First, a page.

Demand and supply are forces that regulate market prices of commodities. That’s common knowledge. But in Predictably Irrational, Ariely argues that contrary to common perception, price anchoring is a much stronger and potent force than we give it credit for. How exactly do we determine that diamonds are expensive? That property prices in a certain section of a city, or of our favourite dish on a restaurant menu is what it is supposed to be? The answer is price anchors. Our brain gets conditioned to a price point for a particular commodity and accepts it. This is the reason why people who move from smaller cities to larger cities find prices of commodities exorbitant. Why I, as an Indian and used to paying Rs. 20 for a bottle of water, find it agonisingly painful to pay a pound for a bottle of water when I travel. Price anchors are the secret drivers of demand, and they get established in an un-intuitive manner, and once they are imprinted, it’s very hard to shake them.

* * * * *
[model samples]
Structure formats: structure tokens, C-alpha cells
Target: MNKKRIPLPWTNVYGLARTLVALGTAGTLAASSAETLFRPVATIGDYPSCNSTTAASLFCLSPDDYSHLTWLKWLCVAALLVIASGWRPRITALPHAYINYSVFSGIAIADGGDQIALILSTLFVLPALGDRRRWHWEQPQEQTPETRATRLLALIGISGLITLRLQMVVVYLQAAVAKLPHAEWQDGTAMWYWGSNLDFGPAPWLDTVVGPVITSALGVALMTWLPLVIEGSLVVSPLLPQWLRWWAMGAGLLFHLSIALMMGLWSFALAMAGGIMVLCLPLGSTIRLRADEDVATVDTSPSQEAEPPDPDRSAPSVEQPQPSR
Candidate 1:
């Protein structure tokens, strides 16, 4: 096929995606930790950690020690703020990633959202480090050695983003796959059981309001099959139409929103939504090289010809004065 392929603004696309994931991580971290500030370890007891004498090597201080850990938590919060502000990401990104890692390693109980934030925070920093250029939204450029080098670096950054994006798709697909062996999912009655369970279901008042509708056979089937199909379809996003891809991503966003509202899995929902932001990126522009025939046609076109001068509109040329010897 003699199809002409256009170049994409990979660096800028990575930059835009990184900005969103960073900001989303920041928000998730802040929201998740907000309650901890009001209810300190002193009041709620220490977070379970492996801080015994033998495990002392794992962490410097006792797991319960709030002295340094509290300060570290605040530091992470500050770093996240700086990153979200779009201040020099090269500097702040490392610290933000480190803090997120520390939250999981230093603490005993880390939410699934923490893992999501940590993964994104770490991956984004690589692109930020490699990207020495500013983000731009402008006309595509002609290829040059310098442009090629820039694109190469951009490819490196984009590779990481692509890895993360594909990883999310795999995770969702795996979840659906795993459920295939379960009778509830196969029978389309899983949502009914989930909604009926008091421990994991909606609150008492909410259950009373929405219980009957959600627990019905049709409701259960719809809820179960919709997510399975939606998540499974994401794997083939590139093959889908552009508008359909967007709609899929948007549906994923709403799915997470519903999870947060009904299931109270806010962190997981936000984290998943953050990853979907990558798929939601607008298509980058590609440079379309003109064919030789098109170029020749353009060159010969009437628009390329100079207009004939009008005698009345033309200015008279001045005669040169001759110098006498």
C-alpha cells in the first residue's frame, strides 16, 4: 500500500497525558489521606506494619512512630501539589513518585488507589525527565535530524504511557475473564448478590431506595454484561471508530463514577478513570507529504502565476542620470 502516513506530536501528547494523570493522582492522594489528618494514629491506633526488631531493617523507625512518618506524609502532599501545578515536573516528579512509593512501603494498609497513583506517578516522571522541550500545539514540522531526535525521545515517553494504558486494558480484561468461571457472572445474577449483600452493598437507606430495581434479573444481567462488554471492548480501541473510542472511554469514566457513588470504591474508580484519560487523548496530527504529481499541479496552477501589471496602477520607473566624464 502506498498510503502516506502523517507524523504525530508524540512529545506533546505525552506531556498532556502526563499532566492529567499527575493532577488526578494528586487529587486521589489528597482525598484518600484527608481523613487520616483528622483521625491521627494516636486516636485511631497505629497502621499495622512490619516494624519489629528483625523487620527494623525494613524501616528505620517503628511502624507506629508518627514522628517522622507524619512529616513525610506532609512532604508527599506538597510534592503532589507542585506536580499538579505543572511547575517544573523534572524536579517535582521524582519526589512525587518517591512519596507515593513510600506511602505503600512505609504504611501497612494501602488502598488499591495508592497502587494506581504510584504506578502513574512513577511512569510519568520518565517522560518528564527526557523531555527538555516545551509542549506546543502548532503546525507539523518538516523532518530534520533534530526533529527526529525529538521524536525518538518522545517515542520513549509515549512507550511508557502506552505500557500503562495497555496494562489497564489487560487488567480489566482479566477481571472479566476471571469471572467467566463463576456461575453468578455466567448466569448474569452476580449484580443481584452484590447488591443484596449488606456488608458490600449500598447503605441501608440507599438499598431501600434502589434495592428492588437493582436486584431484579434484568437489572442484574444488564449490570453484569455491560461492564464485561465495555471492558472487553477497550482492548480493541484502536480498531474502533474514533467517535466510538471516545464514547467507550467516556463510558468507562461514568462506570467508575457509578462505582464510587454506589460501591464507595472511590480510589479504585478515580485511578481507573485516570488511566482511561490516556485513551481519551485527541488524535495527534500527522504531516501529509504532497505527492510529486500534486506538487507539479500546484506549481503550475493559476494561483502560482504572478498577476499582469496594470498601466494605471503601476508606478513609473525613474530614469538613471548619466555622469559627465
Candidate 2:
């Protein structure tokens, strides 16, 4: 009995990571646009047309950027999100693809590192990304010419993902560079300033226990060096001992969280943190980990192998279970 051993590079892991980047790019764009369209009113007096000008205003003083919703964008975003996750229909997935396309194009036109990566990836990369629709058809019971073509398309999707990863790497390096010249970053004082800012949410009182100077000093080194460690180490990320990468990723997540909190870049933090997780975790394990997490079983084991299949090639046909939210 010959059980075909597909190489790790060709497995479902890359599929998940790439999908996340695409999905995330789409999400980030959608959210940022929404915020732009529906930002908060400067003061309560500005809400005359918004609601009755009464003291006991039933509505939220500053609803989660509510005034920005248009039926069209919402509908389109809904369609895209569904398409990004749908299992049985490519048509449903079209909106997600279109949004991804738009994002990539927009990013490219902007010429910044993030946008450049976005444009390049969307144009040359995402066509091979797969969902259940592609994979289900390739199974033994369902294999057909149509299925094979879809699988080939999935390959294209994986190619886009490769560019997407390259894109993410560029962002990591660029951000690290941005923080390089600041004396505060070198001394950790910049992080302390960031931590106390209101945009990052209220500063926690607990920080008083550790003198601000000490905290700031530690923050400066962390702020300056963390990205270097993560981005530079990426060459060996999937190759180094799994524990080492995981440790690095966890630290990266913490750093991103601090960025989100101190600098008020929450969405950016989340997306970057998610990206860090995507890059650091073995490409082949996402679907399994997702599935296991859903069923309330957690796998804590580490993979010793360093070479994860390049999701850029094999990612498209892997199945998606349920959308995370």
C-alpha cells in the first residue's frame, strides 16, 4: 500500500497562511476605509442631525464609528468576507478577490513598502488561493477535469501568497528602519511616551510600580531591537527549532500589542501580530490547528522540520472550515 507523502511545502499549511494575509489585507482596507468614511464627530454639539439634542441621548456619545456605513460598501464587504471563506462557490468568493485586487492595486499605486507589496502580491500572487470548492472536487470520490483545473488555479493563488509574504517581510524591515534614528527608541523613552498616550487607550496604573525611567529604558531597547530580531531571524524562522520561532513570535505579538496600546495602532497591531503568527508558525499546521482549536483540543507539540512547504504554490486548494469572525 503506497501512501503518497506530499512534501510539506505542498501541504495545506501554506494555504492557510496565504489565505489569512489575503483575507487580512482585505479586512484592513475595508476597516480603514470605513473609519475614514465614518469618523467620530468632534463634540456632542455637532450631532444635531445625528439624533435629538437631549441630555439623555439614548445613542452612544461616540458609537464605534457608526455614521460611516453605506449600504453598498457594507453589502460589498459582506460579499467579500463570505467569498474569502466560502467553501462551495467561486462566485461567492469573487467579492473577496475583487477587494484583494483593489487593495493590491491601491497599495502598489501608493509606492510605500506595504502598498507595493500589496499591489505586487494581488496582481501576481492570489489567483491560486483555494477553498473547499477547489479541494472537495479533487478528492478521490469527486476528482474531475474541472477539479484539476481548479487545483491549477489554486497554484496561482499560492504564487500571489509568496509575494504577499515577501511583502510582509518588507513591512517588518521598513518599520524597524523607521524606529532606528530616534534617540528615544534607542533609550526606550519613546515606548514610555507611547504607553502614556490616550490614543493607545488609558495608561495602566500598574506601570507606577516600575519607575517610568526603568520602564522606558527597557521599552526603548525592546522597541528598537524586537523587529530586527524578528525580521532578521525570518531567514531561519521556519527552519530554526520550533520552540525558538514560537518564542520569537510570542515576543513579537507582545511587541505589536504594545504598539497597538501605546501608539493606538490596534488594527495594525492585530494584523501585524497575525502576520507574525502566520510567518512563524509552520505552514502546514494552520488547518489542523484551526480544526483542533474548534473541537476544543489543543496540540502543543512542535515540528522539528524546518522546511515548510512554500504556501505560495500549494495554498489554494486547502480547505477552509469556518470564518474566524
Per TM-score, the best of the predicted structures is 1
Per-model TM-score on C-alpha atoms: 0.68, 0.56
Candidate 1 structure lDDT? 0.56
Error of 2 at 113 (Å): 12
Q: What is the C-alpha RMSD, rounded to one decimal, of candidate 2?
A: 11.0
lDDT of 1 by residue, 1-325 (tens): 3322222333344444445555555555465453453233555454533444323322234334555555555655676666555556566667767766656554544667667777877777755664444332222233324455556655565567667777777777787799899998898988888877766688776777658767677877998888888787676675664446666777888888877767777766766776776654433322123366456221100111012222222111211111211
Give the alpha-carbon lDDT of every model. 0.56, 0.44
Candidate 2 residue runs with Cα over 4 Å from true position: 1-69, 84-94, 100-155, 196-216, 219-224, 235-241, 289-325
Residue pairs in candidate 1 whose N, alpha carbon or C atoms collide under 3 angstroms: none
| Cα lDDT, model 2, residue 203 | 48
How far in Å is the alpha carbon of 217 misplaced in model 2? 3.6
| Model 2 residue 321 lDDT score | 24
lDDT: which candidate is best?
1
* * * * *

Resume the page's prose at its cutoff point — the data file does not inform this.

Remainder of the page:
In this chapter, Dan explains how we treat ‘FREE’ offerings irrationally. This again plays towards our inherent bias of loss minimisation, where loss aversion is a greater motivator than the possibility of gains. The proposition of ‘FREE’ offerings makes us believe that there is no downside of a decision, i.e., no loss whatsoever, hence, we form an irrationally bias towards them. We do not realise any hidden downsides like the utility of our invested time, among others when dealing with ‘FREE’ or zero-cost offerings.